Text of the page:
Accident Database

Report ID# 64

  • Pinned in Boat against Rock or Sieve
  • Does not Apply
  • High Water

Accident Description


Lower Tellico River near Tellico Plains, TN: July 29, 1989

Volume 175 cfs (low); Classification II

SUMMARY: On Saturday, July 29, 1989 a three-boat party put on the Lower Tellico River at extremely low water. At Reader's Rock Rapid, Kevin Huff got shoved underneath the rock and pinned fast. Despite the best efforts of his companions, rescue was not quick enough, and the victim could not be revived.

DESCRIPTION: The Lower Tellico River is a family float trip, consisting mostly of Class I-II rapids. The group paddled the first five miles without incident; everyone was comfortable with the river. They stopped to discuss "Readers Rock", an innocent-looking rapid  marked by a "KEEP RIGHT" sign nailed to a tree on river left. This sign warns of an extremely undercut rock on the left bank. Above 600 cfs, it is covered over. At 350 cfs, the drop should be scouted and run with care. At under 350, the river tends to channel unwary boaters right into the rock. This had been the site of many narrow escapes, and walking is advised.

Huff missed his line when running the drop, presumably deflected by a small rock in the shallow approach. He slid sideways into the rock and disappeared; only a small piece of his boat and his hand remained visible. One member of the group got out on the rock and grabbed Kevin's arm, trying to pull him loose. When he lost his grip, he used a knife to slash one of Kevin's air bags. The boat shifted and he floated free; he was under water about five minutes. His companions got him to a midstream rock and began CPR. Help was summoned, but to no avail. Life support was continued to Sweetwater Hospital, where he was pronounced dead. The victim's lungs apparently filled with water, causing irreversable complications.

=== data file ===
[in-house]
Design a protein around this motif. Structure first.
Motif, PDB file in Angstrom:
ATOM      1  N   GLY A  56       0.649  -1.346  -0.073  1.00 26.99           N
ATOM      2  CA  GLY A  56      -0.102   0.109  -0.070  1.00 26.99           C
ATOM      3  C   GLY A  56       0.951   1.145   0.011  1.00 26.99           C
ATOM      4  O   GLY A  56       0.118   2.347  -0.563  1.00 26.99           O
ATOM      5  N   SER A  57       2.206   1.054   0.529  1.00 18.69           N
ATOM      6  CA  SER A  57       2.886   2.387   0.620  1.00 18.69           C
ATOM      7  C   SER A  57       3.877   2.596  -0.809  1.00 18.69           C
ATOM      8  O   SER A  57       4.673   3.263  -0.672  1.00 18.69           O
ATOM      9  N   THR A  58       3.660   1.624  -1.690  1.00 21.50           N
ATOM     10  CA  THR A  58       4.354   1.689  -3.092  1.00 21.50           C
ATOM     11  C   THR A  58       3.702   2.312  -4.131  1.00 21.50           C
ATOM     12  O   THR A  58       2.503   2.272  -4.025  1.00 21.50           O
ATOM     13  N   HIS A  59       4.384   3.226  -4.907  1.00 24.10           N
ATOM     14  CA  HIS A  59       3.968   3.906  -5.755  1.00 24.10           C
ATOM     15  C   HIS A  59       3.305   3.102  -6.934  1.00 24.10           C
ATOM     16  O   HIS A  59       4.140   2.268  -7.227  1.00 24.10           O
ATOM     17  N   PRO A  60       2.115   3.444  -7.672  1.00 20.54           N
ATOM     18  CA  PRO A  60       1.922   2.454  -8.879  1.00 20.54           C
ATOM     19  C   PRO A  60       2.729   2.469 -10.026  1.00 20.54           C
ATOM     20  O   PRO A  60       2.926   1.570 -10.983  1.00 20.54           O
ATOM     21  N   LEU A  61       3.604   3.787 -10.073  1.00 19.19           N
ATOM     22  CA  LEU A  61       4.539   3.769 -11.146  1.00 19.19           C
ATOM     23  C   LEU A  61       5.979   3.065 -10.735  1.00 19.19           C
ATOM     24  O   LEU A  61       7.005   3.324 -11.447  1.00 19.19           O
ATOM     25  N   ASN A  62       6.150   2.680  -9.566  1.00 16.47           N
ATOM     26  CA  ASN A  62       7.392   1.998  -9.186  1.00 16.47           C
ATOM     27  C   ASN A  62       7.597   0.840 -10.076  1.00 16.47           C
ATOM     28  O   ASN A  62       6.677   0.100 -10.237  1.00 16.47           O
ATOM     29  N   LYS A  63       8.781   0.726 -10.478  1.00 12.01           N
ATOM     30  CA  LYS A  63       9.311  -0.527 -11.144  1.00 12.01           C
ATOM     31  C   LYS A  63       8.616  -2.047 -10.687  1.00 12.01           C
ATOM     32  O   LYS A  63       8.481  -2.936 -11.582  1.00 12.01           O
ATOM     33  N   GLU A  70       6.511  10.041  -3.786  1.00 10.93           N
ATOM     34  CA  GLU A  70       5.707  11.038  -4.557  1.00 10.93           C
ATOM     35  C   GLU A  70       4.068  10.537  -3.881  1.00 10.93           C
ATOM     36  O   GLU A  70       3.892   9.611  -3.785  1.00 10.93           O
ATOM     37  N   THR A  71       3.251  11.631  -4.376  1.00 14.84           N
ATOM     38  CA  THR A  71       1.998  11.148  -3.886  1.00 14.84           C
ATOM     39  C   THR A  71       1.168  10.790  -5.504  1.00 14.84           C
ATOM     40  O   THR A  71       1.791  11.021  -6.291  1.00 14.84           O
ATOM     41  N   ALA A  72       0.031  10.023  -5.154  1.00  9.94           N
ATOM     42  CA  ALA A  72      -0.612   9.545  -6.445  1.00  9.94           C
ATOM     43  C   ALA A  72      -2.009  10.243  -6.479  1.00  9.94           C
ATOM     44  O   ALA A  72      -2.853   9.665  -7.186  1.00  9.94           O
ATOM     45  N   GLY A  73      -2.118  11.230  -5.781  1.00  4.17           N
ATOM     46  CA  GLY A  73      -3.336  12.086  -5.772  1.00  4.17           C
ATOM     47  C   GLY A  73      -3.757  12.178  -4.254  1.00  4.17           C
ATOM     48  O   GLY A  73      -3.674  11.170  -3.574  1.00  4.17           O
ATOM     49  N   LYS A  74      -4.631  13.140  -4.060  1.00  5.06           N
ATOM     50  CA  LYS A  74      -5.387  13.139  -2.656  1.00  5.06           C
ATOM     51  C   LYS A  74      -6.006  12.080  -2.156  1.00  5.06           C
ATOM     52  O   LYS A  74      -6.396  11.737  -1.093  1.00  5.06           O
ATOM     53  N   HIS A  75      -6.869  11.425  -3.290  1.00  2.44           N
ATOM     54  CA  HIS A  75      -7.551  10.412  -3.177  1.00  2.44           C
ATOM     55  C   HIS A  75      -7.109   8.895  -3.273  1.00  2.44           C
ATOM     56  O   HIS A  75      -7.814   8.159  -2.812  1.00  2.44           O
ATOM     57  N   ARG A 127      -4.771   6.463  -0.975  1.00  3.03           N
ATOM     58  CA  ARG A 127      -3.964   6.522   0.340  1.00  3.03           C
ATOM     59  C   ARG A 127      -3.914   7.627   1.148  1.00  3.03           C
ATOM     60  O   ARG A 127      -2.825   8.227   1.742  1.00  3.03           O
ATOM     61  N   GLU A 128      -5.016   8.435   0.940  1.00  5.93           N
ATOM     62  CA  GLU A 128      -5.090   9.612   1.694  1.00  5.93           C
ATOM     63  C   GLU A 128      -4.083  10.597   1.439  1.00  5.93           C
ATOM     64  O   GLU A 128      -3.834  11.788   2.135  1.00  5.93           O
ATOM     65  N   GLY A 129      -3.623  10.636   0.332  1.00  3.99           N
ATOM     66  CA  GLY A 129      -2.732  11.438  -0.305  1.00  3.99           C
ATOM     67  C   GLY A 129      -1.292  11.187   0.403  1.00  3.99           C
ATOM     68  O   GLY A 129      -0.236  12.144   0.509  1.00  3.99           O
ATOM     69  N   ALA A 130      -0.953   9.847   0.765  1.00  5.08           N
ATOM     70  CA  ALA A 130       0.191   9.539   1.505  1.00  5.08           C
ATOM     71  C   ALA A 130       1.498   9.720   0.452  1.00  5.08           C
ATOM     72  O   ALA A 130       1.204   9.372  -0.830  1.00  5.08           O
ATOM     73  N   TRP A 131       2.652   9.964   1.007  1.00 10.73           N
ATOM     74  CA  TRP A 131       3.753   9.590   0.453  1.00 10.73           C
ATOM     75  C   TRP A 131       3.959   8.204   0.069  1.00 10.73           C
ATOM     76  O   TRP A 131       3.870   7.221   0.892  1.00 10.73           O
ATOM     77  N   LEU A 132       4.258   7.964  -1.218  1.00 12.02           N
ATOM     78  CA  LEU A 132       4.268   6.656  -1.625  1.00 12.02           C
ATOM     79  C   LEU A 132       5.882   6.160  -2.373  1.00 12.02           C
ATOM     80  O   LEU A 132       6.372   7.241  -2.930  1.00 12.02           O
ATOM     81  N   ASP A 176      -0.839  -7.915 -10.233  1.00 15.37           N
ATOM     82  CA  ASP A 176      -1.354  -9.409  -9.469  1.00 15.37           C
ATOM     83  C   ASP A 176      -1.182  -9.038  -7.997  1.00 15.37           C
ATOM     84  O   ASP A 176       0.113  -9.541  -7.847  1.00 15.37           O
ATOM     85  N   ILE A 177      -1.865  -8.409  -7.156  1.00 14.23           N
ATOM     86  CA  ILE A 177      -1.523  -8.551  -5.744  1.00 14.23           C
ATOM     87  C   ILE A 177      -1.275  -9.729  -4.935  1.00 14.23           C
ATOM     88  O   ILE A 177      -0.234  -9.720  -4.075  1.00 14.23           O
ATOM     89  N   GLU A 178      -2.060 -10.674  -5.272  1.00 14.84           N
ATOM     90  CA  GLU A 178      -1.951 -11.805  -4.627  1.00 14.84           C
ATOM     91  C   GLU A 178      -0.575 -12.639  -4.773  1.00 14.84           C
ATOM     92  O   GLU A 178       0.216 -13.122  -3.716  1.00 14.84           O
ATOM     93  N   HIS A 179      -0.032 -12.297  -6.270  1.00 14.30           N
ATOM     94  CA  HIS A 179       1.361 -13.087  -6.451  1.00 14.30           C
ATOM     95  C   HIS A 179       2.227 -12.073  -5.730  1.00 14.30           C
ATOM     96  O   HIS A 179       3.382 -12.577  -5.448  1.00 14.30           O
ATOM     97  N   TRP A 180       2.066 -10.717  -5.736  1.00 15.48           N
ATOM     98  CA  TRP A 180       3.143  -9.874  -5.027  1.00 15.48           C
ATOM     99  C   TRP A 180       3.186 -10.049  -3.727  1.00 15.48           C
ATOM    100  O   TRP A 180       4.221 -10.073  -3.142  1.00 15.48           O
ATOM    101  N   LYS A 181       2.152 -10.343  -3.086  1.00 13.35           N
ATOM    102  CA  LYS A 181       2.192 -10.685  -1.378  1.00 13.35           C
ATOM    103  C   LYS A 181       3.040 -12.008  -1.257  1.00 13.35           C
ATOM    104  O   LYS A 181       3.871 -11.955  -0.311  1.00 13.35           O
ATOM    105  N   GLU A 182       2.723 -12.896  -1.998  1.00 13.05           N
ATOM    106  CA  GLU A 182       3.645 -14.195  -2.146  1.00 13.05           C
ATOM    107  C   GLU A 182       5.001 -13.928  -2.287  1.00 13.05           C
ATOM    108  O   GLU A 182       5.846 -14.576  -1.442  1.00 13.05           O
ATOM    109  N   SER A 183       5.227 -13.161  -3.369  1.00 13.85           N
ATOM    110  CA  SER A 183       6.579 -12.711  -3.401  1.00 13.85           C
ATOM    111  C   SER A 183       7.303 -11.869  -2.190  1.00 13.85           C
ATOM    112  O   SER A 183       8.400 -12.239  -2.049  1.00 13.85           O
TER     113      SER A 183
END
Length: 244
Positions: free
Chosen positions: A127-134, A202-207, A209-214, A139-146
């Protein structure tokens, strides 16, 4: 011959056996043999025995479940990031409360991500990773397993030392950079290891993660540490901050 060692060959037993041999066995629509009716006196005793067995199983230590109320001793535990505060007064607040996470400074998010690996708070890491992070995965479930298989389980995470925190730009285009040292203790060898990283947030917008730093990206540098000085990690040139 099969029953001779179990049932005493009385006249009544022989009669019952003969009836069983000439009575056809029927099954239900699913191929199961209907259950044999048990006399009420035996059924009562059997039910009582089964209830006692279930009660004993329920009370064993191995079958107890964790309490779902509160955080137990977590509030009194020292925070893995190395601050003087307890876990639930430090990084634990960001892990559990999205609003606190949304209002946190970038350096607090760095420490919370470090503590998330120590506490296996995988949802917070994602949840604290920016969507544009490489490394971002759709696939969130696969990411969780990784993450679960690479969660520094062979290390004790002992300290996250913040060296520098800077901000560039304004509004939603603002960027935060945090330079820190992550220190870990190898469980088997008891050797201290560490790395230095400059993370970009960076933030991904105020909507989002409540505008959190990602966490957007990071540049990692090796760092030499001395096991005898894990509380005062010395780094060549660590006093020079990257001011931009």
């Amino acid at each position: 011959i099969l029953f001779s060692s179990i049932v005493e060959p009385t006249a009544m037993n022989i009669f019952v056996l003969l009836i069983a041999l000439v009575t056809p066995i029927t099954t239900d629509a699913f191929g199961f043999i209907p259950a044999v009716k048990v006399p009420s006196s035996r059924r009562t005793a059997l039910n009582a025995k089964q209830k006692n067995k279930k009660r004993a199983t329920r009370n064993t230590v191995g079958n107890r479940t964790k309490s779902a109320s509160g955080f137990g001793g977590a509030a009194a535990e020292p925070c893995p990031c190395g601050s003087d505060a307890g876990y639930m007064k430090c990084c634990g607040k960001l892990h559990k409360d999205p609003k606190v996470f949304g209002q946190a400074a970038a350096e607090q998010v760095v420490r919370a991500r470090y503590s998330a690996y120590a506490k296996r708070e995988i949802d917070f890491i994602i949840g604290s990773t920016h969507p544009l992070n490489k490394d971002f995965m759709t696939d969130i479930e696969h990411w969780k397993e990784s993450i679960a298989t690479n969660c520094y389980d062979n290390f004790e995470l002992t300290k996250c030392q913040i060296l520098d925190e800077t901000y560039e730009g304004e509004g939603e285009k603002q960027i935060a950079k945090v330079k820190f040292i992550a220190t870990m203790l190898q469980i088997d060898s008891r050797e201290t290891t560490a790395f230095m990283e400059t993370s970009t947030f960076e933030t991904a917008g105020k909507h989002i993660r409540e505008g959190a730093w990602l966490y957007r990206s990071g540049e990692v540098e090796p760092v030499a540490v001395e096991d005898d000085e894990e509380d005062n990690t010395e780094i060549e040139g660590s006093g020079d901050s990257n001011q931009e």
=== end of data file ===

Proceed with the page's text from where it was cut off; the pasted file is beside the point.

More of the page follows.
SOURCE: Georgia Canoe Association September, 1989 newsletter


1) The victim's canoe was probably held in place by it's buoyancy. Cutting the air bag allowed the boat to shift and turn, releasing it's hold on the victim. A very smart move! The boat was outfitted with a Perception Saddle with no toe blocks; it shifted but did not collapse. This does not appear to have been a factor in the pinning.

2) This is clearly a serious drop. It's not mentioned in guidebooks, and is particularly dangerous on such a relaxing stretch of river. It's hard even for strong paddlers to get "up" for such a drop and it would probably be wise to portage at low flows. If not, rescuers stationed ON THE ROCK are a good idea.

3) The group reacted quickly. While one was pulling on the arm and slashing the air bags, the other was setting up a Z-Drag. They got Huff out quickly and continued CPR until help arrived.



hile high water and gradient often indicate difficulty, low water can add danger by exposing undercut rocks and reducing a paddler's options. In some places the water will clearly take paddlers where they don't want to go. Rapids like this deserve the utmost respect, even from experienced parties.

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